Another participant shared that they do actually spend a lot of time in spaces that honor their intersecting identities. They have had to intentionally create those spaces and actively curate the space to include voices that were not present. From personal experience, I can affirm that intersectionality in any endeavor requires intention and active outreach to create and maintain.
When the actors from PILLOWTALK took the two remaining open seats at the table, JP Moraga spoke to the power of being able to play a specific ethnicity while also endeavoring to bring every other part of themselves to the performance. Moraga found deep empowerment as an artist when they decided to start speaking about their own experiences as a queer Filipino.
Jessie Fuentes spoke to her experience as a politically conscious Latinx woman working hard to accept the machismo of her toxic father and meet him where he’s at.
“Folks of color work so hard to belong at home that outside acceptance feels so far-fetched.”JessIe Fuentes
Fuentes’ experience has taught her that you have to confront your own and others when you live in a body at the intersection of many marginalized identities.
Circling back around to the beginning of the long table discussion, Messinger pointed out that we need to beware of using the scarcity language of funders in discussions of our own communities. We have to interrogate our own language and the foundations that habitually underfund organizations doing work dedicated to LGBTQ issues. Messinger shared that a mere $0.33 of every $100 of foundation funding (1/3 of 1 cent of each dollar) goes to all LGBTQ issues.
The collective conversation quickly pivoted toward an examination of the system that makes us fight each other while exploiting our images for their promotional brochures.
I appreciated this reminder that the individual and group struggles that we face exist within a larger oppressive framework, much like the white frames that created the walls of the one-bedroom apartment in PILLOWTALK. As Buck (played by JP Moraga) and Sam (played Basit Shittu) struggled with one another and themselves, the white frame of the walls stood firm and vibrant. The color of the frame shifted to a brilliant golden yellow when Buck asserted their needs, wants, and desires clearly. In owning and naming their truths they found a way of resisting systemic and internalized oppression.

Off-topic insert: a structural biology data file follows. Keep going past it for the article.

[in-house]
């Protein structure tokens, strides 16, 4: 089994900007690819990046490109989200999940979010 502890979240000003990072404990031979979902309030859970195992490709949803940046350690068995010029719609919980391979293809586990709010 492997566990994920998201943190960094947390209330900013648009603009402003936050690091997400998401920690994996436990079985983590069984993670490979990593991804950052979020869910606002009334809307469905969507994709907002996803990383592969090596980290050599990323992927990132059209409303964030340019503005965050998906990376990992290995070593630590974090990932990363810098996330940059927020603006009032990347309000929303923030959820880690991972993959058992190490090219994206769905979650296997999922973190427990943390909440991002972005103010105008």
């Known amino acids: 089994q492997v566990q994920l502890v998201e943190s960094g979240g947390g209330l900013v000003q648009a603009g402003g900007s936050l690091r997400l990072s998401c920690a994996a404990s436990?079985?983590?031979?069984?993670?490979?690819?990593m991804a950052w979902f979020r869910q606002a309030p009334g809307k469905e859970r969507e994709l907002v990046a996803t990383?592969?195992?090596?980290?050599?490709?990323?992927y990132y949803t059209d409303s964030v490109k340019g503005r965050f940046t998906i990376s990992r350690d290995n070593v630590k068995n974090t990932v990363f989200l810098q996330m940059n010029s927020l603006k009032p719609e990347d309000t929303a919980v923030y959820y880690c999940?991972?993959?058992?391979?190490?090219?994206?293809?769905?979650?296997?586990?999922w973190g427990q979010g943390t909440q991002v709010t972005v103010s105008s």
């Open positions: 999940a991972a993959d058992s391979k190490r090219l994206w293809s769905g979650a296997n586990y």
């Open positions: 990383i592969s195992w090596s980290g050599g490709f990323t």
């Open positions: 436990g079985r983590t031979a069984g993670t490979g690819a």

While we collectively have much work ahead in breaking through systemic and self-created barriers to create social change that centers the experiences of those most impacted by systems of oppression, we can look to unapologetically queer projects like Chicago Dyke March that prefigure the world in which the Chicago LGBTQ wants to live and love. Projects like Chicago Dyke March create spaces for more of us to, like Buck, own and express our many intersecting identities while challenging systems of oppression.
In my humblest of opinions, the long table discussion could have benefitted from at least 30 more minutes. By the time the conversation hit home and began to address issues that really energized the table and the room, it was time to wrap things up. Given the collective constraints of time and space, I am thrilled that our conversation addressed the systemic, financial discrimination that the LGBTQ community faces.
(1) Kimberlé Crenshaw on Intersectionality, More than Two Decades Later https://www.law.columbia.edu/pt-br/news/2017/06/kimberle-crenshaw-intersectionality